Harkness in a difficult time, part I

The new school year has started and here we all are adapting. I am teaching remotely, as are so many of us around the world. (While some of the Exeter students are on campus, for now all classes are remote). To be honest, I kind of enjoy the creative challenge of adapting to new constraints. But it’s still exhausting. And of course classes don’t feel nearly as good as when we are around the table together. But we have plenty to be thankful for here in Exeter, NH.

This fall of course also brings additional challenges to all schools, and particularly to humanities teachers, particularly those engaging in student-centered, discussion-based, remote teaching in the humanities. How shall we engage in discussions about anti-racism, economic justice, and – in the US – this election…while remote?

I know we’re all working on how to build community as our first task in this fall’s remote classes. Checking in, laughing, hearing every voice, getting close to the screen. And setting some expectations.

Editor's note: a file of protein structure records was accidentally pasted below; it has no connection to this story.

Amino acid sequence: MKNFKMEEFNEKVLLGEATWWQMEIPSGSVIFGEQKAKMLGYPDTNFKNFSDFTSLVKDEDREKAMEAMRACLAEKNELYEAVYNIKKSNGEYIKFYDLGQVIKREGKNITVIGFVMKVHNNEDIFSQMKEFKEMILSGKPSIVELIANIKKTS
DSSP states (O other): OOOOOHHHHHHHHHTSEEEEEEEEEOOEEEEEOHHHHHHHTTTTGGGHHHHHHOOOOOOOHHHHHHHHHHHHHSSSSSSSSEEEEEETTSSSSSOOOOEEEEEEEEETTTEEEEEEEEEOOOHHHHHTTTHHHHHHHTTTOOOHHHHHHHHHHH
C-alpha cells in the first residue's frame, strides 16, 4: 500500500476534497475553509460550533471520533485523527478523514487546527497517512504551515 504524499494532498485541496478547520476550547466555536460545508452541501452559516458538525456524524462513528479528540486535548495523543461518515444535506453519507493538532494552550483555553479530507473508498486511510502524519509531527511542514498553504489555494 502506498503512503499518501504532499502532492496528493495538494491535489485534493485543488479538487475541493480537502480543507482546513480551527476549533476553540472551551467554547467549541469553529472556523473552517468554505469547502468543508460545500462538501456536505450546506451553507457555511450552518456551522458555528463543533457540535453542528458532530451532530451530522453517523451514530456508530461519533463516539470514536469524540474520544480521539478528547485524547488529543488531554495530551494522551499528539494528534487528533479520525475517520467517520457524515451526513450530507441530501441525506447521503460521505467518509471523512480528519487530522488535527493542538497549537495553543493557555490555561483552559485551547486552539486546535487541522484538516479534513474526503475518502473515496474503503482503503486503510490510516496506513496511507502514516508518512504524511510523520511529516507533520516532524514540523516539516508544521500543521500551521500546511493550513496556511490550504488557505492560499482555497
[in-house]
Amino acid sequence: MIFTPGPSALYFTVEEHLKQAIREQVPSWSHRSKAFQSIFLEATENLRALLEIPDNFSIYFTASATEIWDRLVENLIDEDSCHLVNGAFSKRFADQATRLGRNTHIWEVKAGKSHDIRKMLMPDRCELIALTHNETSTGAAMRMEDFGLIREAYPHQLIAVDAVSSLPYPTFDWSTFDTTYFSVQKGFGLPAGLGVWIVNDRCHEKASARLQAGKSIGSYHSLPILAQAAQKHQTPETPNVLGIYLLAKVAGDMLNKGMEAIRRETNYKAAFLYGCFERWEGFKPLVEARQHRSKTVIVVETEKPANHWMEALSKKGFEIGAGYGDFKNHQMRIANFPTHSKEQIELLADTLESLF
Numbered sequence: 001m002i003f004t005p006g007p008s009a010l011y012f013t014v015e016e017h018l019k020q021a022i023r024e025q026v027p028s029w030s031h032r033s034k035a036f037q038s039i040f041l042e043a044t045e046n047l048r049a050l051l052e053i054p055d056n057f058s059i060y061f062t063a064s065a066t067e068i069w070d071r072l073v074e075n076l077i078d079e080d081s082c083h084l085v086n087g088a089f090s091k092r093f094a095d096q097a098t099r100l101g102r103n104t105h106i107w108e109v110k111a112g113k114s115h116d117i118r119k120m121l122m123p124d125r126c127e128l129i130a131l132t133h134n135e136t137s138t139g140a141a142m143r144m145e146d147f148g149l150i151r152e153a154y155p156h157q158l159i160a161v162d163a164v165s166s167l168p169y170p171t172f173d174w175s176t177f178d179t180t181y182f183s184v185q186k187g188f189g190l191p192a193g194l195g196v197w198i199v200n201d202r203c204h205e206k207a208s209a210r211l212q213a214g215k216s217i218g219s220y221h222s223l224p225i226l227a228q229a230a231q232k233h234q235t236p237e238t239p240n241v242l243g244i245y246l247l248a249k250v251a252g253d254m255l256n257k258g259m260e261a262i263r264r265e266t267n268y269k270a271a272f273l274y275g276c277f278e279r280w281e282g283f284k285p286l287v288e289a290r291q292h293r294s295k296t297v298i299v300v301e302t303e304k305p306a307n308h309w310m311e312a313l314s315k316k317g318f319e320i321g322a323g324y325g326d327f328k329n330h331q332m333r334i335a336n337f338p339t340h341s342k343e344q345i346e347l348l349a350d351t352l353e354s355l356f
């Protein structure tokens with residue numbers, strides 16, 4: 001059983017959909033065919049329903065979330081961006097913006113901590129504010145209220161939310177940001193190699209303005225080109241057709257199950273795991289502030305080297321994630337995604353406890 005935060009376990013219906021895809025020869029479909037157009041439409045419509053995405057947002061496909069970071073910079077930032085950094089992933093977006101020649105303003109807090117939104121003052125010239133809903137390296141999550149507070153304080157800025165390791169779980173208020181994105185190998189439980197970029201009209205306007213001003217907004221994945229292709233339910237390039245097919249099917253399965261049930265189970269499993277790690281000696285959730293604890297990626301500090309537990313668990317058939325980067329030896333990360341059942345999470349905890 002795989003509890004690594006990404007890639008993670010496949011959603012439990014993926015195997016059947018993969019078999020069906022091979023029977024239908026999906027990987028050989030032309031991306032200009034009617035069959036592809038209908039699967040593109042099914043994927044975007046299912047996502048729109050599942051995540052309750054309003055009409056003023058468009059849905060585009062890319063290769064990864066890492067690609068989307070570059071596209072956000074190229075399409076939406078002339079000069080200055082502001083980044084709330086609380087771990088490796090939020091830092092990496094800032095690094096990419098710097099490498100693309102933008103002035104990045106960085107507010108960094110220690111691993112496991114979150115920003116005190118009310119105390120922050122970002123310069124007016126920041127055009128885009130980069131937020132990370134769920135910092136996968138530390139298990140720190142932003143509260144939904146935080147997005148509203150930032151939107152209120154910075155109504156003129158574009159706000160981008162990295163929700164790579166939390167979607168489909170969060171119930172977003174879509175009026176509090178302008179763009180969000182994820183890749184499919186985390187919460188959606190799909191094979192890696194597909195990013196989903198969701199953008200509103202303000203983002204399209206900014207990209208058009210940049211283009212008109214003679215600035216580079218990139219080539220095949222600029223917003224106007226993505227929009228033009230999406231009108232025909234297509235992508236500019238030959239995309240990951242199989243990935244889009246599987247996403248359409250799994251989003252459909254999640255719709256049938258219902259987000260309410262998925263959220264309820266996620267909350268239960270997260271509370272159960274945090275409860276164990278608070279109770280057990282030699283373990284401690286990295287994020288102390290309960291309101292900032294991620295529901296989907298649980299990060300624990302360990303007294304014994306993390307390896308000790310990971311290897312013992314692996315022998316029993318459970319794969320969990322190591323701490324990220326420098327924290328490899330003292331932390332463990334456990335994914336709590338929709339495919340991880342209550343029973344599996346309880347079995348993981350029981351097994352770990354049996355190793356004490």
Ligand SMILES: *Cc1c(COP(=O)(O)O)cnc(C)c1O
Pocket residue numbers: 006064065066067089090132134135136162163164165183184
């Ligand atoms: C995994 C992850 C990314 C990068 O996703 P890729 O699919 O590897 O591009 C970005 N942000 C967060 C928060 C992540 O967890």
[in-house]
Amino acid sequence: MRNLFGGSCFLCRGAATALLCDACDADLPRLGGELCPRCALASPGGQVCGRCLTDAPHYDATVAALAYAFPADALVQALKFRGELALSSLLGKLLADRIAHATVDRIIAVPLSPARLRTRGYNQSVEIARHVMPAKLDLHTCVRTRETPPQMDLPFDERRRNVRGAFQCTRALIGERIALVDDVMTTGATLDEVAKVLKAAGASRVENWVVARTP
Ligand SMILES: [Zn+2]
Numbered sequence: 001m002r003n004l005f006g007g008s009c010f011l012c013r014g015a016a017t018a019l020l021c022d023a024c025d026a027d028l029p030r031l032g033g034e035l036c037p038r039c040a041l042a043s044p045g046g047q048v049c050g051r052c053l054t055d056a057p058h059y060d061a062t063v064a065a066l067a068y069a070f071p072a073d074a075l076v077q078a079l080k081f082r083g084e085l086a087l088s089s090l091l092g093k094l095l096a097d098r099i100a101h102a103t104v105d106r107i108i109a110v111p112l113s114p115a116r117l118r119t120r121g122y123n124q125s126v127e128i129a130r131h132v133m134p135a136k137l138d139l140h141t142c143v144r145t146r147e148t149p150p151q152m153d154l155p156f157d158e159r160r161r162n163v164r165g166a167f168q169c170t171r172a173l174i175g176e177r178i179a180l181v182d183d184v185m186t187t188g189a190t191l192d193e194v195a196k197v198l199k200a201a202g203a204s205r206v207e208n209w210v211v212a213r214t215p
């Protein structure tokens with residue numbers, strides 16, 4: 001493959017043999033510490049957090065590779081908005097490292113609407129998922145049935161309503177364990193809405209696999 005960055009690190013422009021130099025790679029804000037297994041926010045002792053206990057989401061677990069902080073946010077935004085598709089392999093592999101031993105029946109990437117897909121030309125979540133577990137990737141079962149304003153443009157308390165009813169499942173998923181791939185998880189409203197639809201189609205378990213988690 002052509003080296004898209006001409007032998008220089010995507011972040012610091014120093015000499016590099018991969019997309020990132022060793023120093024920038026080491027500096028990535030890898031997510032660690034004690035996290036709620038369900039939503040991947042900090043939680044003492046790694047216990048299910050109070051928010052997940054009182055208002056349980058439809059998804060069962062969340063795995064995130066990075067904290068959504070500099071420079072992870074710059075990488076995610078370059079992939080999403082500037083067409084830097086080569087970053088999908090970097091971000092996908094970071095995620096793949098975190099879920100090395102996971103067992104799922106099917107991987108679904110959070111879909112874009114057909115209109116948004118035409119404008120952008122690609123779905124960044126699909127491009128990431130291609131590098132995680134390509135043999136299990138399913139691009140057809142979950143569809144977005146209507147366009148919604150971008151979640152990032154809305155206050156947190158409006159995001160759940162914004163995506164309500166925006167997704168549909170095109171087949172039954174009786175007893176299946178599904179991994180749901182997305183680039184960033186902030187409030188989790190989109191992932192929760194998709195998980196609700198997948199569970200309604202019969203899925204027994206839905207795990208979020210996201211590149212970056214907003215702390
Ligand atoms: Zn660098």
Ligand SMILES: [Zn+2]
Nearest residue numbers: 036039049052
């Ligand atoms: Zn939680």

Everyone’s Zoom expectations will have their own flavor. Mine were written with my particular course in mind. This is just the etiquette part – my next post will be on difficult conversations. What are you doing to set Zoom expectations? I’d love to hear from you!

Some Zoom etiquette for our class:Basics

  1. BE PRESENT

Video on unless you really can’t (reach out to me)

Sitting up – not in bed – dressed for class

Resist the urge to have a side text going – think about how that would feel…

Preferably you are on your computer so you can engage completely

If from phone, please be stationary, or we get motion sick

Have your print materials ready with you for class

2. On Being yourself

Choose a virtual backdrop that you like

Make sure the name on your “box” is the one you’d like to be called

Jump in if we are mis-pronouncing or in any other way not hearing/seeing you

Let us hear you: Say something everyday!

3. On seeing others & Building Community

Lean in: positive body language; avoid passivity

Affirmation, curiosity, questions

Constructive use of chat function

Un-awkwarding of pauses, lags, interruptions, etc.

Remember the sentence stems that have always been your friend

-“That reminds me of…”

-“Back to Julia’s comment earlier…”

-“Is it OK if we move on to…”

-“There’s a line in the text that I think we should explore…”

-“I’m not sure if this is right, but…”

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